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Celiac Disease


 

WHAT IS CELIAC DISEASE?

Celiac disease is a common immune disorder in which you can’t eat gluten, a protein found in rye, wheat and barley because it damages the small intestine. Gluten is sometimes present in supplements, vitamins, lip balm, toothpastes, and skin or hair care products. While there’s no cure for celiac disease, making dietary changes can relieve symptoms and allow your intestines to heal.


WHAT ARE THE SYMPTOMS OF CELIAC DISEASE?

Celiac disease and intestinal damage associated with it can contribute to the following signs or symptoms:

  • Weight loss
  • Fatigue
  • Diarrhea
  • Bloating
  • Gas
  • Abdominal pain
  • Constipation
  • Nausea
  • Vomiting

An untreated case of celiac disease puts you at risk of malnutrition, anemia, weak bones, infertility, nervous system problems, joint pain and cancer. In children, celiac disease can cause failure to thrive, delayed puberty, short stature and weight loss.

Anybody can develop celiac disease, but your risk increases if you have an autoimmune disorder related to your thyroid, a family history of celiac disease, type 1 diabetes, Down syndrome or Addison’s disease.


HOW IS CELIAC DISEASE DIAGNOSED?

To diagnose celiac disease, your gastroenterologist discusses your symptoms and medical history. They complete a physical exam and use blood tests to confirm a diagnosis. Your doctor might also complete endoscopy, which is a procedure in which they use a special scope to view the inside of your digestive tract.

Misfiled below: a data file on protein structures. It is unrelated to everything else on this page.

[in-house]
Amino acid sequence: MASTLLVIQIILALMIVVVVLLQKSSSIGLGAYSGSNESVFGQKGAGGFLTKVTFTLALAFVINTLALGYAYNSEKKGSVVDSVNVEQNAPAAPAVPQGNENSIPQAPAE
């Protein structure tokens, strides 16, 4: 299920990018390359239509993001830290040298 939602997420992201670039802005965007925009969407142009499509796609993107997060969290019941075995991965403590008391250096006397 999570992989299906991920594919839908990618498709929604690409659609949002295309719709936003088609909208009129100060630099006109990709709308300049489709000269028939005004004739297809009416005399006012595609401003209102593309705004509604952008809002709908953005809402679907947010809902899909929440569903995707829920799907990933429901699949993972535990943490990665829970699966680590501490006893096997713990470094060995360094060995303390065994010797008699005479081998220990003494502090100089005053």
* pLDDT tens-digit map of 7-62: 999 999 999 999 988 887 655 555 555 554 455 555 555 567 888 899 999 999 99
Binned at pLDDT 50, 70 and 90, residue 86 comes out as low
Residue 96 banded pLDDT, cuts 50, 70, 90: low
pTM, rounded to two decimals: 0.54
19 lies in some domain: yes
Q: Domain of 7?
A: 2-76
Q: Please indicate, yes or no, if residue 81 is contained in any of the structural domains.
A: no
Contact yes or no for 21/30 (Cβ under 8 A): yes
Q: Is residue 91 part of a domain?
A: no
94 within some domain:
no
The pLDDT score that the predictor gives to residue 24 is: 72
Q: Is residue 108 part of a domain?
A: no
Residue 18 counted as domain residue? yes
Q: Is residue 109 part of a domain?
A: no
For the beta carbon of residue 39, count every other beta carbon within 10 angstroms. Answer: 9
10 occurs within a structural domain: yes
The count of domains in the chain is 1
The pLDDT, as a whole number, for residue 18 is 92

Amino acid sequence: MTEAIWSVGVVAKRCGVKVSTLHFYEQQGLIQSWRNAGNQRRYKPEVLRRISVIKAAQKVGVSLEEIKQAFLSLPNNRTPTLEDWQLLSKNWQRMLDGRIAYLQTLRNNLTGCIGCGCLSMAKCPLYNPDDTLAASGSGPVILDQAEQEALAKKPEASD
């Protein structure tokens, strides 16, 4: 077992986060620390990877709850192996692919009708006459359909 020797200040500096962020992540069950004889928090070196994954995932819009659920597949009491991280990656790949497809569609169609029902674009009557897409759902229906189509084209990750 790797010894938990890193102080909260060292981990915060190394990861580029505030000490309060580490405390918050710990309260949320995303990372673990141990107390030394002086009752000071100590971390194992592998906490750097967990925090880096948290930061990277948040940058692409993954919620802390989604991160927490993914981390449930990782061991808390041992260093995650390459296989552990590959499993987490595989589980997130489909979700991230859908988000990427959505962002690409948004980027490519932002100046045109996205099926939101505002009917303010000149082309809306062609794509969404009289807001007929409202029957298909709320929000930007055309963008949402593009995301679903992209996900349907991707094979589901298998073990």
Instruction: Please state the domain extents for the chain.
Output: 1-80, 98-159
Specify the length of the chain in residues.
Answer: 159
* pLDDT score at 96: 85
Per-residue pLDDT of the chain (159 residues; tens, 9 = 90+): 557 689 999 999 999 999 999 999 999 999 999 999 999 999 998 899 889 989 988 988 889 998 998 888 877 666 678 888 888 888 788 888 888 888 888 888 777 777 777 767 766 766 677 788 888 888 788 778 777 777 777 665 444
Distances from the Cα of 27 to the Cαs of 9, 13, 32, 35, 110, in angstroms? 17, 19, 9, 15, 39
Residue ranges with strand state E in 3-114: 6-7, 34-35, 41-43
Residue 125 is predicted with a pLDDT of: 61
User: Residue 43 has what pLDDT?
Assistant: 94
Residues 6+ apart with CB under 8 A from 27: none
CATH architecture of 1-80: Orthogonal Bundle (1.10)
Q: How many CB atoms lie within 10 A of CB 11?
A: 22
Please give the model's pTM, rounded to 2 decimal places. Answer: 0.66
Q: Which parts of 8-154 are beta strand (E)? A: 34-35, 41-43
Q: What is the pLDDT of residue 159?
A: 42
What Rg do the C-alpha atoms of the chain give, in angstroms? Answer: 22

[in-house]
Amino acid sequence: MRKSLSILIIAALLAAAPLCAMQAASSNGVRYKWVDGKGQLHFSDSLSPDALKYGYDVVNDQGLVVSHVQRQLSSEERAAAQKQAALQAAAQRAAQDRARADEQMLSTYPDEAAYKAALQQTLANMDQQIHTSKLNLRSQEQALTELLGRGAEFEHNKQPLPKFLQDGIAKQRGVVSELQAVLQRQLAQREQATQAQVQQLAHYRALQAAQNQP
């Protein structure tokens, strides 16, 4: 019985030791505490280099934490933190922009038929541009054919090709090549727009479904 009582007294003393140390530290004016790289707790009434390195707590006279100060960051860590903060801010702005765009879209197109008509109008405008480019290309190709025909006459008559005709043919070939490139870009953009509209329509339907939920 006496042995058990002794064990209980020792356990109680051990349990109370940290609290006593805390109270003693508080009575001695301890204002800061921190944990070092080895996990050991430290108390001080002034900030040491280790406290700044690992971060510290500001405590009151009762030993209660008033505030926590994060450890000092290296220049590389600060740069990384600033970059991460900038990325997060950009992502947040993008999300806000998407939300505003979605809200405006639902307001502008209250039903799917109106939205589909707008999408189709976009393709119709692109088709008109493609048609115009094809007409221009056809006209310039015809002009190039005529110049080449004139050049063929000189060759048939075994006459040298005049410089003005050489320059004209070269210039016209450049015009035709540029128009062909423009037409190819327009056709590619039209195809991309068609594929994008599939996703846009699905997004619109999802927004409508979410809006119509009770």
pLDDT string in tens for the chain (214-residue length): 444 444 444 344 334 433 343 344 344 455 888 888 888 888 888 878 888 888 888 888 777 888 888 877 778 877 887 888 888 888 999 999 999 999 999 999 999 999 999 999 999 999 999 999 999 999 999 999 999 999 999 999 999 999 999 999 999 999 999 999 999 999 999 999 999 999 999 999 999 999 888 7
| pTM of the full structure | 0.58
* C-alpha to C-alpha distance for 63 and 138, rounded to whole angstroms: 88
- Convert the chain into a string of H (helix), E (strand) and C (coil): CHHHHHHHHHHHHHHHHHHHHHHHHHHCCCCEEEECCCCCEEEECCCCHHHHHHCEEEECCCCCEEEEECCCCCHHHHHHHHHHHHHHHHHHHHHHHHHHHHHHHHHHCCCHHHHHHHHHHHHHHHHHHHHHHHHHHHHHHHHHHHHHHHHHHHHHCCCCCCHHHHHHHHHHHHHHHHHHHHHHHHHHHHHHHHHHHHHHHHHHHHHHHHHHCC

WHAT IS THE TREATMENT FOR CELIAC DISEASE?

To manage symptoms of celiac disease and prevent intestinal damage, your gastroenterologist might recommend one or more of the following treatments:


DIETARY CHANGES
Gluten can lurk in numerous foods, drinks and cosmetic products. Wheat, barley and rye are common sources of gluten, but always read food labels to help you steer clear of it.


VITAMIN AND MINERAL SUPPLEMENTS
Taking vitamin supplements helps reduce or prevent nutritional deficiencies associated with celiac disease. Your doctor might recommend oral supplements or injections containing iron, copper, folate, zinc and vitamins B12, D or K.



MEDICATIONS
Taking certain medications helps control intestinal inflammation associated with celiac disease. Your gastroenterologist lets you know which medicines, if any, are right for you.

Don’t live with unpleasant symptoms of celiac disease or long-term complications associated with it. Call us today to receive expert guidance and treatment. 

What we offer

Gastroenterology Services

Location
Bay Area Advanced Gastroenterology Care
1130 Kyle Wood Lane
Brandon, FL 33511
Phone: 813-600-5423
Fax: 678-553-1277
Office Hours

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813-600-5423